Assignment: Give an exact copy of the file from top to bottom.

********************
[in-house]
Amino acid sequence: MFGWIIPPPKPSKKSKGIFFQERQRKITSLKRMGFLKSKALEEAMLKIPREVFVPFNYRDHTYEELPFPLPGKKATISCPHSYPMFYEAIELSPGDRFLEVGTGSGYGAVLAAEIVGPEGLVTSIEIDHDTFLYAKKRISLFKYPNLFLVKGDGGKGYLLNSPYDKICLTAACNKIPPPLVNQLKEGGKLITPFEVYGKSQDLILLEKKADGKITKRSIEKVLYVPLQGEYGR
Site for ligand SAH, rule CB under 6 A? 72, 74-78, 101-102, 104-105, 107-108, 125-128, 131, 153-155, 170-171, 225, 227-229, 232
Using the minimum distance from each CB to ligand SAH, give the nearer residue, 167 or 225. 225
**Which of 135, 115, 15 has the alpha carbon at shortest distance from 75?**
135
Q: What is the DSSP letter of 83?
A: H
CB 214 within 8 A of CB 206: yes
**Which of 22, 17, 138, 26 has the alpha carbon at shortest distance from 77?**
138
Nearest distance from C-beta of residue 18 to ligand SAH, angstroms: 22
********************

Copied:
[in-house]
Amino acid sequence: MFGWIIPPPKPSKKSKGIFFQERQRKITSLKRMGFLKSKALEEAMLKIPREVFVPFNYRDHTYEELPFPLPGKKATISCPHSYPMFYEAIELSPGDRFLEVGTGSGYGAVLAAEIVGPEGLVTSIEIDHDTFLYAKKRISLFKYPNLFLVKGDGGKGYLLNSPYDKICLTAACNKIPPPLVNQLKEGGKLITPFEVYGKSQDLILLEKKADGKITKRSIEKVLYVPLQGEYGR
Site for ligand SAH, rule CB under 6 A? 72, 74-78, 101-102, 104-105, 107-108, 125-128, 131, 153-155, 170-171, 225, 227-229, 232
Using the minimum distance from each CB to ligand SAH, give the nearer residue, 167 or 225. 225
**Which of 135, 115, 15 has the alpha carbon at shortest distance from 75?**
135
Q: What is the DSSP letter of 83?
A: H
CB 214 within 8 A of CB 206: yes
**Which of 22, 17, 138, 26 has the alpha carbon at shortest distance from 77?**
138
Nearest distance from C-beta of residue 18 to ligand SAH, angstroms: 22